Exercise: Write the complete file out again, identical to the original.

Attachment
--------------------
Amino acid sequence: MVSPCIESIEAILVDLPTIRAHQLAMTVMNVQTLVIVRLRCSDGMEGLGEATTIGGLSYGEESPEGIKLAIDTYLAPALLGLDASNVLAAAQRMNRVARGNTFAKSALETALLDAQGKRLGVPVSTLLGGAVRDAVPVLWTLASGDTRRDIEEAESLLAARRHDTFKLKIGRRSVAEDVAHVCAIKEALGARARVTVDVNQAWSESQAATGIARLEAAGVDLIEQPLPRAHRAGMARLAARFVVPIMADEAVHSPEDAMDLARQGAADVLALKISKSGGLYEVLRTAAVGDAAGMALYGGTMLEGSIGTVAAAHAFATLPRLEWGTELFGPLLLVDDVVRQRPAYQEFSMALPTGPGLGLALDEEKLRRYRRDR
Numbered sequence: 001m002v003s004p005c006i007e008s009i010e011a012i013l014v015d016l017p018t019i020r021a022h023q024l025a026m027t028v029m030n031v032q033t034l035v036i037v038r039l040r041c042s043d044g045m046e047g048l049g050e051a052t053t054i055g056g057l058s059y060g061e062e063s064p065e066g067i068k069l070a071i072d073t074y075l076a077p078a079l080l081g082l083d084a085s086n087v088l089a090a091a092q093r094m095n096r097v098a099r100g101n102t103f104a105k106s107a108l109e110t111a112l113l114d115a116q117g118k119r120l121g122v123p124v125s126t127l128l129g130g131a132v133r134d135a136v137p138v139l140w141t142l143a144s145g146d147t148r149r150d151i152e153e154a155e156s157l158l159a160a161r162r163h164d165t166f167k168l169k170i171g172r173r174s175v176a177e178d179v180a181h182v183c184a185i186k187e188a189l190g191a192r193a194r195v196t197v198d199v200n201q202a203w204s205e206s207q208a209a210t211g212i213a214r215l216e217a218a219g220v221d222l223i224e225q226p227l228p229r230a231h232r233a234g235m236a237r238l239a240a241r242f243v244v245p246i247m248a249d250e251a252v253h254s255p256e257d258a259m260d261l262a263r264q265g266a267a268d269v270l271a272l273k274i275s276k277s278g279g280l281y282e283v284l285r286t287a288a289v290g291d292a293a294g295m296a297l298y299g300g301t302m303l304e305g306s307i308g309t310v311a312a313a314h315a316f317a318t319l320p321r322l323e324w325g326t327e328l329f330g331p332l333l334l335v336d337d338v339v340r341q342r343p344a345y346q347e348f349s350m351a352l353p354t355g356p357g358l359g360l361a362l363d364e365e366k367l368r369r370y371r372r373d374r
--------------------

Amino acid sequence: MVSPCIESIEAILVDLPTIRAHQLAMTVMNVQTLVIVRLRCSDGMEGLGEATTIGGLSYGEESPEGIKLAIDTYLAPALLGLDASNVLAAAQRMNRVARGNTFAKSALETALLDAQGKRLGVPVSTLLGGAVRDAVPVLWTLASGDTRRDIEEAESLLAARRHDTFKLKIGRRSVAEDVAHVCAIKEALGARARVTVDVNQAWSESQAATGIARLEAAGVDLIEQPLPRAHRAGMARLAARFVVPIMADEAVHSPEDAMDLARQGAADVLALKISKSGGLYEVLRTAAVGDAAGMALYGGTMLEGSIGTVAAAHAFATLPRLEWGTELFGPLLLVDDVVRQRPAYQEFSMALPTGPGLGLALDEEKLRRYRRDR
Numbered sequence: 001m002v003s004p005c006i007e008s009i010e011a012i013l014v015d016l017p018t019i020r021a022h023q024l025a026m027t028v029m030n031v032q033t034l035v036i037v038r039l040r041c042s043d044g045m046e047g048l049g050e051a052t053t054i055g056g057l058s059y060g061e062e063s064p065e066g067i068k069l070a071i072d073t074y075l076a077p078a079l080l081g082l083d084a085s086n087v088l089a090a091a092q093r094m095n096r097v098a099r100g101n102t103f104a105k106s107a108l109e110t111a112l113l114d115a116q117g118k119r120l121g122v123p124v125s126t127l128l129g130g131a132v133r134d135a136v137p138v139l140w141t142l143a144s145g146d147t148r149r150d151i152e153e154a155e156s157l158l159a160a161r162r163h164d165t166f167k168l169k170i171g172r173r174s175v176a177e178d179v180a181h182v183c184a185i186k187e188a189l190g191a192r193a194r195v196t197v198d199v200n201q202a203w204s205e206s207q208a209a210t211g212i213a214r215l216e217a218a219g220v221d222l223i224e225q226p227l228p229r230a231h232r233a234g235m236a237r238l239a240a241r242f243v244v245p246i247m248a249d250e251a252v253h254s255p256e257d258a259m260d261l262a263r264q265g266a267a268d269v270l271a272l273k274i275s276k277s278g279g280l281y282e283v284l285r286t287a288a289v290g291d292a293a294g295m296a297l298y299g300g301t302m303l304e305g306s307i308g309t310v311a312a313a314h315a316f317a318t319l320p321r322l323e324w325g326t327e328l329f330g331p332l333l334l335v336d337d338v339v340r341q342r343p344a345y346q347e348f349s350m351a352l353p354t355g356p357g358l359g360l361a362l363d364e365e366k367l368r369r370y371r372r373d374r